From The Foundation for Individual Rights in Education:
University of Wisconsin - Eau Claire Associate Director for Housing and Residence Life Deborah Newman sent a letter saying RAs could not lead Bible studies in their dorms at any time. Her reason for this was that students might not think Bible study-leading RAs were sufficiently "approachable". The letter was sent to RAs who were members of the Student Impact religious group and who had been leading Bible studies, not as official residence hall activities, but in their own dorm rooms and on their own time.
Newman's letter added that Koran and Torah studies would be similarly prohibited and that RAs who did conduct a Bible study in their dorms would face "disciplinary action".
A copy of Ms. Newman's letter can be found here.
Now, I am not attempting to cast derision upon the University of Wisconsin - Eau Claire (which has issued it's response here), nor is it my intention to castigate Ms. Newman for her letter. As I said, any state university walks a very fine line when trying to enforce this sort of policy, which has been the policy at UW - Eau Claire for some time. Unfortunately, I think Ms. Newman and UW - Eau Claire stepped across to the wrong side of the line this time.
First, while a resident advisor is an employee of the university, I reject the implication that by leading a Bible study group, the R.A. is acting as an agent of the state advocating for religion. A R.A. is a student also and has the same right as any other student to free expression of religion. The admonishment furnished by Ms. Newman also draws a distinction between the R.A. attending a Bible study and leading a Bible study. I believe this is a distinction of no discernible difference. Whether member or leader of the Bible study, the R.A. is well within his/her right of religious expression.
Second, I reject the idea on its face that the R.A. leading a Bible study group creates an uncomfortable or coercive atmosphere. The Supreme Court has upheld the right of religious folks to evangelize their faith and hold meetings in public places, so long as equal access is given. So long as the R.A. respects the right of the students under her supervision to decline the invitation, then no such environment of coercion is created. It's only if the R.A. begins to qualify his role as an advisor based on his personal religious beliefs that an issue arises. In the absence of that, a ban on allowing an R.A. to lead a Bible study in his dorm room places an undue burden upon that R.A. in an attempt to mitigate the possibility of another's rights being compromised. That creates an inherently un-level playing field.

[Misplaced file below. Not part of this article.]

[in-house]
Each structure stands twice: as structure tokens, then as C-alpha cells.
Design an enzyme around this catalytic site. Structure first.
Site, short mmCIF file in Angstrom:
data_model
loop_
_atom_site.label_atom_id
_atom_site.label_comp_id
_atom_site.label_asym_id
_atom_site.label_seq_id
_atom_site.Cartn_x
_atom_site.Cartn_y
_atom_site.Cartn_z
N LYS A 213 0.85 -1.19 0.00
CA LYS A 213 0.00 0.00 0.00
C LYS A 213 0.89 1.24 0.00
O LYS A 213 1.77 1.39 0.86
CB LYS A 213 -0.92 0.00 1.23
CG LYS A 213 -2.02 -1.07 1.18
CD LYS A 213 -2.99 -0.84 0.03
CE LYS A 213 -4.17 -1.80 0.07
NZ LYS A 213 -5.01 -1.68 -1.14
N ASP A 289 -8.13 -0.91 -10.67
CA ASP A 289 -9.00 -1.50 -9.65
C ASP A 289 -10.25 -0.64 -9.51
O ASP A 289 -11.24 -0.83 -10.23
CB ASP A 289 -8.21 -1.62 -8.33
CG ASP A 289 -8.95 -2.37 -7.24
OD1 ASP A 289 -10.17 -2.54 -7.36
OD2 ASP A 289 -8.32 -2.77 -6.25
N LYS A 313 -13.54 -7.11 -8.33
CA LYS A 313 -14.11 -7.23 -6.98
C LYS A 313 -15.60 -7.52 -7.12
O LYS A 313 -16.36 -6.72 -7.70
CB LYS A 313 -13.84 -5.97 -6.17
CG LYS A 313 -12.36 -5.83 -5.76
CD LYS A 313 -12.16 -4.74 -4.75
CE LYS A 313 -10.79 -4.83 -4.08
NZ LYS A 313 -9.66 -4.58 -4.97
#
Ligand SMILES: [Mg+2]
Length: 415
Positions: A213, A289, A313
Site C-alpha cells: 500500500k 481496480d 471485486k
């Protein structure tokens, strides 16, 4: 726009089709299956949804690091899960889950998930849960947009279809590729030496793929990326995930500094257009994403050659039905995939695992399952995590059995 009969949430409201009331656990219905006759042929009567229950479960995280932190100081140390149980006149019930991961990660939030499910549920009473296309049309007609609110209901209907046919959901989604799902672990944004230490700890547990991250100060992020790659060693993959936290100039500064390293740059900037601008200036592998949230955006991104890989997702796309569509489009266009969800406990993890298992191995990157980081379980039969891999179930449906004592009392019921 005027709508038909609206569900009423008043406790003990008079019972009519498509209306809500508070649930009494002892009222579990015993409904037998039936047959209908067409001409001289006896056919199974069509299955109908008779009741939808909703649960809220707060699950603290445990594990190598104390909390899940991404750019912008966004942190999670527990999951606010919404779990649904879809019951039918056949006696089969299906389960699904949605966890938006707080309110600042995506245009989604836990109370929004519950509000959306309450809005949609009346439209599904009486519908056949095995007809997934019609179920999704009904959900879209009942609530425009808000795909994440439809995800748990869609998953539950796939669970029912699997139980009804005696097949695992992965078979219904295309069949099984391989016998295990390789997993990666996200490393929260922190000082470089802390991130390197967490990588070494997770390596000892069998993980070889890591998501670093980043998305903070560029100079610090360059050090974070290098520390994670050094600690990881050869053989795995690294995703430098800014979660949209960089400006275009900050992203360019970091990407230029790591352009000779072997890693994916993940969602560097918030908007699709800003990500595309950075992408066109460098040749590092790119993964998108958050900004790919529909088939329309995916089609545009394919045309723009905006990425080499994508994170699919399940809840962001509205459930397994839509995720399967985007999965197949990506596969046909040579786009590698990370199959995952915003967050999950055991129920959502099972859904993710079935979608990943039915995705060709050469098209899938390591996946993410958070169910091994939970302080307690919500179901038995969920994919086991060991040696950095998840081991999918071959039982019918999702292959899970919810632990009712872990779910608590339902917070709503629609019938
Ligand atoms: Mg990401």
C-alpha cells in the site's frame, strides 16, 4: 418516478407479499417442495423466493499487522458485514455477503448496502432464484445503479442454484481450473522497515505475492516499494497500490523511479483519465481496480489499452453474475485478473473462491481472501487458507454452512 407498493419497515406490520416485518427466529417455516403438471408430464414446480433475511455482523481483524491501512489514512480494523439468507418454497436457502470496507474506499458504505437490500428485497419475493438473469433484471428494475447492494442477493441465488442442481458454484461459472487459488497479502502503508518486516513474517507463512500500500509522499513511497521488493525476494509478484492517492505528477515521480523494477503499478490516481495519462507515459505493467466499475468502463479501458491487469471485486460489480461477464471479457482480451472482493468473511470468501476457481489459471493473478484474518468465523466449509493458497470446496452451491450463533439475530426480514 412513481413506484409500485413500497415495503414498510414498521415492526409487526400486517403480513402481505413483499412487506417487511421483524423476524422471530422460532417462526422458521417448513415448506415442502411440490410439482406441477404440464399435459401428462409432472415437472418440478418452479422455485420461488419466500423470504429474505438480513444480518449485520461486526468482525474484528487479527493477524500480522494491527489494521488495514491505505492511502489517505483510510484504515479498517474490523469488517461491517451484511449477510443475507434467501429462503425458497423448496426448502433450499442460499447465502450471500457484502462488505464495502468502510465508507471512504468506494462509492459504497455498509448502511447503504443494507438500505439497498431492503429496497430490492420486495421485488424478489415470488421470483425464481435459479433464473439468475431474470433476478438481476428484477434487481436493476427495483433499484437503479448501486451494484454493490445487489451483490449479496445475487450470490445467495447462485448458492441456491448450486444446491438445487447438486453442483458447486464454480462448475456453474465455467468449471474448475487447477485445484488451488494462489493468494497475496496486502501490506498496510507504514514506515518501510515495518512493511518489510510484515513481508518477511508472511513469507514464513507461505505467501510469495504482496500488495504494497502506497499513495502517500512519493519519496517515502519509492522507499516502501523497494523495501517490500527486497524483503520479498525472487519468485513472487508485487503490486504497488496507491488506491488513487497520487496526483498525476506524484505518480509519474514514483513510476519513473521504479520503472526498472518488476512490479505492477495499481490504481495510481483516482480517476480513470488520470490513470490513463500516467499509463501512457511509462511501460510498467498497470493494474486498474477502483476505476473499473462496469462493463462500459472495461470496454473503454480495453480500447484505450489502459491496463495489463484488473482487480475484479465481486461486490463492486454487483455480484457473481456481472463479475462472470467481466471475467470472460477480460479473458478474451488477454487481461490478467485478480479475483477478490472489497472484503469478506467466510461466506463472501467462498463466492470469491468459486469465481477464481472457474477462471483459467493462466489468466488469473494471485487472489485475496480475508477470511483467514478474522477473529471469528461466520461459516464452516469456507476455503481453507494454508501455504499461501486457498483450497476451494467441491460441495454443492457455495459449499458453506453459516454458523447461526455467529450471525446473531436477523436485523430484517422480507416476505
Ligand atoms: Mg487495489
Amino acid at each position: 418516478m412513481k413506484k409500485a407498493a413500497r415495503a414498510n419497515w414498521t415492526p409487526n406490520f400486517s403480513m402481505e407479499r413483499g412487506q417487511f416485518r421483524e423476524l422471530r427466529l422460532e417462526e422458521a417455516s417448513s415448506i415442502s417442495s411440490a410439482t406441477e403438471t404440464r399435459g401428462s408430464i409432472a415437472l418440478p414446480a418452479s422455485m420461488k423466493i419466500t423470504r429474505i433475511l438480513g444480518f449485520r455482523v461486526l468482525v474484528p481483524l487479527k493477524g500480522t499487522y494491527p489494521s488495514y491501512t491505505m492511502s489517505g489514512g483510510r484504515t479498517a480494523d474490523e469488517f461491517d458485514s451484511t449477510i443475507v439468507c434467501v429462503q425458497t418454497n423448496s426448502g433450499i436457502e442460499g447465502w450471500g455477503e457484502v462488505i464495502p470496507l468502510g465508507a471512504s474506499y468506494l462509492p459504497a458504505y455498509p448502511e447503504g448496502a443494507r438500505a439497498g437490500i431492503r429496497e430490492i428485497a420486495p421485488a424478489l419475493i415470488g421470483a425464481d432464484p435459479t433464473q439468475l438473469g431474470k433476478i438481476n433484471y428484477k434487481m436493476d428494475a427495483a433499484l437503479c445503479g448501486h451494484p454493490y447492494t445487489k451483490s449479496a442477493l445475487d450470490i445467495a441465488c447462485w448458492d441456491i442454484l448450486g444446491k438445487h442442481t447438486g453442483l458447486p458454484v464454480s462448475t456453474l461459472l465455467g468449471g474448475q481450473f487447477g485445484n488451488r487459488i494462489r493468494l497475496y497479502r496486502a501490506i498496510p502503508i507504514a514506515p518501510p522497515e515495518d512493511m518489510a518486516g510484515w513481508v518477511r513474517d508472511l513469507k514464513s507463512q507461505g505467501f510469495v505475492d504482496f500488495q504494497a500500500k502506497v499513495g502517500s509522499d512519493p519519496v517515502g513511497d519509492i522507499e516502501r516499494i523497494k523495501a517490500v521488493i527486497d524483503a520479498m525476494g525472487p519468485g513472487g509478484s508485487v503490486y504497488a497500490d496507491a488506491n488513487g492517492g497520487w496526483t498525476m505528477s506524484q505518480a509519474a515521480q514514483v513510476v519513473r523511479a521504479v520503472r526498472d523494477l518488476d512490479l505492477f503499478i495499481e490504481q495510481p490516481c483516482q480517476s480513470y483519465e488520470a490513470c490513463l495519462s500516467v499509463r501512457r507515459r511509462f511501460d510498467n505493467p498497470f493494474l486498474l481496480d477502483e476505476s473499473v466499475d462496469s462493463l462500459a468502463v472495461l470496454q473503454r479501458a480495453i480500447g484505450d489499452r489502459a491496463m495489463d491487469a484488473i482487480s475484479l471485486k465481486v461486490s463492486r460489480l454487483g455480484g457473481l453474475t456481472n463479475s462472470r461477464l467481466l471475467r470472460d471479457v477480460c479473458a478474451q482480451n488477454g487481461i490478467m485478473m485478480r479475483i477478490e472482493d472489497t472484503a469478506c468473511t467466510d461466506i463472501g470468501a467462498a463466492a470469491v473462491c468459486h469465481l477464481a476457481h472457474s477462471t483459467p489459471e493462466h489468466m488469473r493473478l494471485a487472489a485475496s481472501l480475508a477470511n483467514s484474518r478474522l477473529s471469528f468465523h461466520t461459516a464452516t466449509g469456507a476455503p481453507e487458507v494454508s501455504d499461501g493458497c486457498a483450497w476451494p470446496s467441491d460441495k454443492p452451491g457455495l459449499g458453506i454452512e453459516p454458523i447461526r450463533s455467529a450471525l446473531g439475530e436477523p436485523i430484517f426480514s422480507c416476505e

Third, it is unfair for the UW - Eau Claire to abridge the rights of a R.A. based on the university granting a room and board stipend. Such a stipend leaves the R.A. dependent upon the university for lodging and using that dependency to ascribe an "around the clock" workshift is unfair from a labor perspective. Even if the university is providing room and board to the R.A., I believe it must grant that R.A. private use within the confines of her "home". The right to religious expression and the freedom from such are thus preserved for all parties.
Finally, banning R.A.'s from leading Bible studies, or any kind of ideological studies, runs counter to the spirit of liberal education that a state university is supposed to be fostering. Being exposed to new cultures and new ideas is one of the primary purposes of any university and it should not be abridged in this way. The implication that any given religious belief grants, by default, an aura of unapproachability to anyone is absurd but to have a university institutionalize that belief is to deprive students of a wonderful learning opportunity. And that's a terrible shame.
On a more personal note, while I was not an R.A., I was a dorm security supervisor and I lived on a floor with an R.A. who was devoutly religious. It was never an issue for me or for any other student on the floor, as far as I was aware. Also, as a security supervisor, I and my staff were generally the first to be approached when any religious or political groups wanted to start fishing for converts. With the exception of only two organizations (The Church of Jesus Christ of Latter Day Saints and The Nation of Islam), all the groups were respectful of the right of the students to decline invitations to join said groups and were quite tolerant of the vocal criticism they received from detractors. Being present at such exchanges of ideas is one of the finest things about attending a university, and I believe the UW - Eau Claire has potentially cast a pall on this marketplace of ideas.
I have no doubt that Ms. Newman is trying to do what is best for UW - Eau Claire students. I also am very adamant in my belief that the freedom of religious expression also means the freedom from the religious expressions of others. However, I think the University of Wisconsin - Eau Claire's R.A. policy is unnecessarily restrictive and I believe the university would be better off without it.